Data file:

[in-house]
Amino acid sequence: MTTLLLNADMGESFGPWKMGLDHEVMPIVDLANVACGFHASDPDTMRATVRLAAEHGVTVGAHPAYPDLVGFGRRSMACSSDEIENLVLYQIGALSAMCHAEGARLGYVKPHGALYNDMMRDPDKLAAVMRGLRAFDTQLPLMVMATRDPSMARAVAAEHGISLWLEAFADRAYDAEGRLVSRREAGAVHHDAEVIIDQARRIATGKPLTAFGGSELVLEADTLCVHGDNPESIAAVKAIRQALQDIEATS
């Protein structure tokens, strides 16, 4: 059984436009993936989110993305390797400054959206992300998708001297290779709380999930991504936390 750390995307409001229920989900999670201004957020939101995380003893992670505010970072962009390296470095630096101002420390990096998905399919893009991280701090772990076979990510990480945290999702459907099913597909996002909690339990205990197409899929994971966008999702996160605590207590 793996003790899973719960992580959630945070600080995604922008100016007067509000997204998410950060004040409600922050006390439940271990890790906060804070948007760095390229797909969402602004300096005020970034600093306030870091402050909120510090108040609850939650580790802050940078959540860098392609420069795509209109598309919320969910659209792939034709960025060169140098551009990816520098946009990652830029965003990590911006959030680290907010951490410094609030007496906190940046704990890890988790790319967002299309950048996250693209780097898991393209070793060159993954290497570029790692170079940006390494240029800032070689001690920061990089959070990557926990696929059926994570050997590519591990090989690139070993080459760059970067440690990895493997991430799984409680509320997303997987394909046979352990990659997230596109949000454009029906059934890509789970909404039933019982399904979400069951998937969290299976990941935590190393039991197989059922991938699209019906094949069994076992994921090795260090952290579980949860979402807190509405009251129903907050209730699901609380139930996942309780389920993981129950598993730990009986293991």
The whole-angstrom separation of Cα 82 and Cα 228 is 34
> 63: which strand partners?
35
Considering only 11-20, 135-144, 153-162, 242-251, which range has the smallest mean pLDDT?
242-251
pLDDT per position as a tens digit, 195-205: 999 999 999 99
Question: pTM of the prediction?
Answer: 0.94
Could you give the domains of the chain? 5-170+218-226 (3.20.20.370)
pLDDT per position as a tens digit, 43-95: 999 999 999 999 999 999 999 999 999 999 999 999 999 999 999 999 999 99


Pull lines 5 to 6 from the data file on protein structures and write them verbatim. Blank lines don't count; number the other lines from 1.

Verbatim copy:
> 63: which strand partners?
35